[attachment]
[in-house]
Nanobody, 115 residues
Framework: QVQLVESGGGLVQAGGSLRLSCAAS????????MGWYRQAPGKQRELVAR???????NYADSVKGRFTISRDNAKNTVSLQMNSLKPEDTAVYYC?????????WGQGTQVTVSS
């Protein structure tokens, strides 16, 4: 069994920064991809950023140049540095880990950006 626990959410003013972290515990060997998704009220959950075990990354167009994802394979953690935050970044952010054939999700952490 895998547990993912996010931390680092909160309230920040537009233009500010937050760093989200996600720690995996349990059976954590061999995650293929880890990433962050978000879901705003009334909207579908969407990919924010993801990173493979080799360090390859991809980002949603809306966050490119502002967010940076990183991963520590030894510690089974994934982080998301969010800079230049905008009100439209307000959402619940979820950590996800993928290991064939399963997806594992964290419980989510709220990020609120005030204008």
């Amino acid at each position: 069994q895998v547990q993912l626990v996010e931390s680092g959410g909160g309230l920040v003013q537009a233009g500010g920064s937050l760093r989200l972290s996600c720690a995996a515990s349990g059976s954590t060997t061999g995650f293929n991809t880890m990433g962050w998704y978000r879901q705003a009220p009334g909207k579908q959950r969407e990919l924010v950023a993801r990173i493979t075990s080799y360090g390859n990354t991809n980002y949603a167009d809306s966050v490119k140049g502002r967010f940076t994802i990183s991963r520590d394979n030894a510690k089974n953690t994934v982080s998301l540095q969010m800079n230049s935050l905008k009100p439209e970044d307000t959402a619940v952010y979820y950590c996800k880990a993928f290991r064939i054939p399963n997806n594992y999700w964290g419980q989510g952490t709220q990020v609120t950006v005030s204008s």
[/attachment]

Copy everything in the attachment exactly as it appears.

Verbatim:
[in-house]
Nanobody, 115 residues
Framework: QVQLVESGGGLVQAGGSLRLSCAAS????????MGWYRQAPGKQRELVAR???????NYADSVKGRFTISRDNAKNTVSLQMNSLKPEDTAVYYC?????????WGQGTQVTVSS
């Protein structure tokens, strides 16, 4: 069994920064991809950023140049540095880990950006 626990959410003013972290515990060997998704009220959950075990990354167009994802394979953690935050970044952010054939999700952490 895998547990993912996010931390680092909160309230920040537009233009500010937050760093989200996600720690995996349990059976954590061999995650293929880890990433962050978000879901705003009334909207579908969407990919924010993801990173493979080799360090390859991809980002949603809306966050490119502002967010940076990183991963520590030894510690089974994934982080998301969010800079230049905008009100439209307000959402619940979820950590996800993928290991064939399963997806594992964290419980989510709220990020609120005030204008």
């Amino acid at each position: 069994q895998v547990q993912l626990v996010e931390s680092g959410g909160g309230l920040v003013q537009a233009g500010g920064s937050l760093r989200l972290s996600c720690a995996a515990s349990g059976s954590t060997t061999g995650f293929n991809t880890m990433g962050w998704y978000r879901q705003a009220p009334g909207k579908q959950r969407e990919l924010v950023a993801r990173i493979t075990s080799y360090g390859n990354t991809n980002y949603a167009d809306s966050v490119k140049g502002r967010f940076t994802i990183s991963r520590d394979n030894a510690k089974n953690t994934v982080s998301l540095q969010m800079n230049s935050l905008k009100p439209e970044d307000t959402a619940v952010y979820y950590c996800k880990a993928f290991r064939i054939p399963n997806n594992y999700w964290g419980q989510g952490t709220q990020v609120t950006v005030s204008s």